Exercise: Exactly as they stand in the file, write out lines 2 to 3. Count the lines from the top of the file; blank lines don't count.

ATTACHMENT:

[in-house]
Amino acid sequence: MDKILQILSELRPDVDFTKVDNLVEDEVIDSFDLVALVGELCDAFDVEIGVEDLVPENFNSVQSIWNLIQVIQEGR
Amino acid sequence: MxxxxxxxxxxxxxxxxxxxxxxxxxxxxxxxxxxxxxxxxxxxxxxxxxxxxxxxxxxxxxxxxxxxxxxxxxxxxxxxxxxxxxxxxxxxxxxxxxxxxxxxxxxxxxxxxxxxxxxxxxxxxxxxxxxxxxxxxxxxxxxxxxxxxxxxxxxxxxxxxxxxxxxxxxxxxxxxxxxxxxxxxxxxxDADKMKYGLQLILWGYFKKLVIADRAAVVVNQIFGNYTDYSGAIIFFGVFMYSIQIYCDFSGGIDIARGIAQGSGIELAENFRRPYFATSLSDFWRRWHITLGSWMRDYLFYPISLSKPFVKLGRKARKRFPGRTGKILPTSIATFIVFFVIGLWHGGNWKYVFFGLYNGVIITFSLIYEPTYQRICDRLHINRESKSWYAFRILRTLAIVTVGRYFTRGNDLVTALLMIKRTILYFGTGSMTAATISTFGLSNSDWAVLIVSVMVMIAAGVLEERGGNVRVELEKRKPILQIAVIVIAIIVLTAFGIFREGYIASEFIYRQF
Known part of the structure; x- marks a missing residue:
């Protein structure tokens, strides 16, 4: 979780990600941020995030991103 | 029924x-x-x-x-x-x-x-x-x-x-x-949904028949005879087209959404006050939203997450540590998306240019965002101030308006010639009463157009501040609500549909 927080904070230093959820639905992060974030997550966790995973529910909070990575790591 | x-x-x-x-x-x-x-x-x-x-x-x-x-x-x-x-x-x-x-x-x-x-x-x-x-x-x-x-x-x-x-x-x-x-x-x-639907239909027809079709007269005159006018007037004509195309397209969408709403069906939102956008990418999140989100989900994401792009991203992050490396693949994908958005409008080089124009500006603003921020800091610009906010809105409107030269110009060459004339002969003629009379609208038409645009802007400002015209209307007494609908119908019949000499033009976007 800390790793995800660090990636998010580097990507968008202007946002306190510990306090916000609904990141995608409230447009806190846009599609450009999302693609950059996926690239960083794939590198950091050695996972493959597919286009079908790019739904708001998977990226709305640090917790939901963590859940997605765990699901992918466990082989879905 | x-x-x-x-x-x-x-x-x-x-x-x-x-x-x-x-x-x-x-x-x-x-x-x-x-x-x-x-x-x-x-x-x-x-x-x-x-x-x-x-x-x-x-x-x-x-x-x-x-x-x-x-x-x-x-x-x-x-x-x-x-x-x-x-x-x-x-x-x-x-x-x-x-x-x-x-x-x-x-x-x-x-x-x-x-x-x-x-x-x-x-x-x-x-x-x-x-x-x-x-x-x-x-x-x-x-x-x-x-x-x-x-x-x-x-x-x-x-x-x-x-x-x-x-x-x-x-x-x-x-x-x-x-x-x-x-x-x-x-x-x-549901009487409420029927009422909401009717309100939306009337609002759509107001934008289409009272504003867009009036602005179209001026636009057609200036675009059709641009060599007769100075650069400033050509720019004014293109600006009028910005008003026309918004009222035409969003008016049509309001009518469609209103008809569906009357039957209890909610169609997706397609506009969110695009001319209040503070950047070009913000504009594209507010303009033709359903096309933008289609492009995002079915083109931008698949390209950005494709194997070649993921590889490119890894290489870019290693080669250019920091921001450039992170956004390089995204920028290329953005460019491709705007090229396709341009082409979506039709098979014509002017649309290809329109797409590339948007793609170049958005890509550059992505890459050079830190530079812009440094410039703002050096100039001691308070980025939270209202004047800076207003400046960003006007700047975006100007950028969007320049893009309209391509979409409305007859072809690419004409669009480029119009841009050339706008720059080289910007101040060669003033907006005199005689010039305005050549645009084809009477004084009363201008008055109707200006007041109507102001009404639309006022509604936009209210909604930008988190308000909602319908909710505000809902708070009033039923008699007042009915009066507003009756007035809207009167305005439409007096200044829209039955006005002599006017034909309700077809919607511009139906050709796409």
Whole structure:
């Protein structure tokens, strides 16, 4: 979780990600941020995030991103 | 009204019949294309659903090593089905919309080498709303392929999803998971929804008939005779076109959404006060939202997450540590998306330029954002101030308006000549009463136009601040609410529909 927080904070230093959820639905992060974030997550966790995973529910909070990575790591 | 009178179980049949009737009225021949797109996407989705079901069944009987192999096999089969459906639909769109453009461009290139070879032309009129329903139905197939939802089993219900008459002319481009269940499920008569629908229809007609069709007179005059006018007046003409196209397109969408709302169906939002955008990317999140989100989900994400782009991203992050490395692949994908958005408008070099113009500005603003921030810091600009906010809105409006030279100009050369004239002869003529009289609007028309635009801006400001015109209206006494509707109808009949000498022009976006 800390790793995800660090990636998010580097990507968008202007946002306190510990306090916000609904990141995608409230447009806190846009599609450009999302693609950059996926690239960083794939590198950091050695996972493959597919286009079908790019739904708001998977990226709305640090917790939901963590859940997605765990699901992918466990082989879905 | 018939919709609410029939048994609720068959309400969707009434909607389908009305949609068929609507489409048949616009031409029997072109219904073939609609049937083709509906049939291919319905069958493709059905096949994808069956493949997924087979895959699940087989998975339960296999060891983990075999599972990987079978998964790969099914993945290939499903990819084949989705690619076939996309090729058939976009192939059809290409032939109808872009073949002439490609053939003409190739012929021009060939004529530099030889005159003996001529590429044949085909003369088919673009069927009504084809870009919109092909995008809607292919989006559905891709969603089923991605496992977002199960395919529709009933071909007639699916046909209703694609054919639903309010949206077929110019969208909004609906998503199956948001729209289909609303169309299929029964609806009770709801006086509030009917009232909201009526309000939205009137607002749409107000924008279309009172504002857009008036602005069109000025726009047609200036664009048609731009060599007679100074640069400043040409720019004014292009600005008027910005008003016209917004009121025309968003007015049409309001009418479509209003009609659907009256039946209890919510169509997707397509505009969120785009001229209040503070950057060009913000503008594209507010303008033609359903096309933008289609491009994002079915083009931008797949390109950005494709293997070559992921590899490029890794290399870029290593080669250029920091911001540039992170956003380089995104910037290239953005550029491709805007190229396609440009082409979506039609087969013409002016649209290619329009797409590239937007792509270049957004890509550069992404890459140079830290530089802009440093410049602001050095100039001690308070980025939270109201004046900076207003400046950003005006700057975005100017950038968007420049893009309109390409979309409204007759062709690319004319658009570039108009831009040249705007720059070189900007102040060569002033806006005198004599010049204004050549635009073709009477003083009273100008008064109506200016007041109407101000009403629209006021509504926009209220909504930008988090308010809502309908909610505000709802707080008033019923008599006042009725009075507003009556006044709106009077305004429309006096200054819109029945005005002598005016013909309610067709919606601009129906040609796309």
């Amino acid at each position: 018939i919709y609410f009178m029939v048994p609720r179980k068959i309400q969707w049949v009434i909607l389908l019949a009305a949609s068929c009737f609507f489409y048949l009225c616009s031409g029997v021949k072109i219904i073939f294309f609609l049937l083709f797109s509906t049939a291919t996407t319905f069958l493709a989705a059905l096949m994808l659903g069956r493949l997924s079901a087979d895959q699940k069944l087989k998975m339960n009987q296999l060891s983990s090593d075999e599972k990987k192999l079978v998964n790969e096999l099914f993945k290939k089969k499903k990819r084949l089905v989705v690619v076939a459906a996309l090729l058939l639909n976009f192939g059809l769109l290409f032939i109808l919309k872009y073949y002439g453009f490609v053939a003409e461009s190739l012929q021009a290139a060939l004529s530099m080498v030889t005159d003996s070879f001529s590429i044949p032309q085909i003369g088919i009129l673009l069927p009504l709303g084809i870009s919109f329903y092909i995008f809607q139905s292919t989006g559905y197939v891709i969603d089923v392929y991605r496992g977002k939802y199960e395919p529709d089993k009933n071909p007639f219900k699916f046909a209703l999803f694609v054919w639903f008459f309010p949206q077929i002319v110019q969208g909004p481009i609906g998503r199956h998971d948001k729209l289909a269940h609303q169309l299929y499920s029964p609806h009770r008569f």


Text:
Amino acid sequence: MDKILQILSELRPDVDFTKVDNLVEDEVIDSFDLVALVGELCDAFDVEIGVEDLVPENFNSVQSIWNLIQVIQEGR
Amino acid sequence: MxxxxxxxxxxxxxxxxxxxxxxxxxxxxxxxxxxxxxxxxxxxxxxxxxxxxxxxxxxxxxxxxxxxxxxxxxxxxxxxxxxxxxxxxxxxxxxxxxxxxxxxxxxxxxxxxxxxxxxxxxxxxxxxxxxxxxxxxxxxxxxxxxxxxxxxxxxxxxxxxxxxxxxxxxxxxxxxxxxxxxxxxxxxxDADKMKYGLQLILWGYFKKLVIADRAAVVVNQIFGNYTDYSGAIIFFGVFMYSIQIYCDFSGGIDIARGIAQGSGIELAENFRRPYFATSLSDFWRRWHITLGSWMRDYLFYPISLSKPFVKLGRKARKRFPGRTGKILPTSIATFIVFFVIGLWHGGNWKYVFFGLYNGVIITFSLIYEPTYQRICDRLHINRESKSWYAFRILRTLAIVTVGRYFTRGNDLVTALLMIKRTILYFGTGSMTAATISTFGLSNSDWAVLIVSVMVMIAAGVLEERGGNVRVELEKRKPILQIAVIVIAIIVLTAFGIFREGYIASEFIYRQF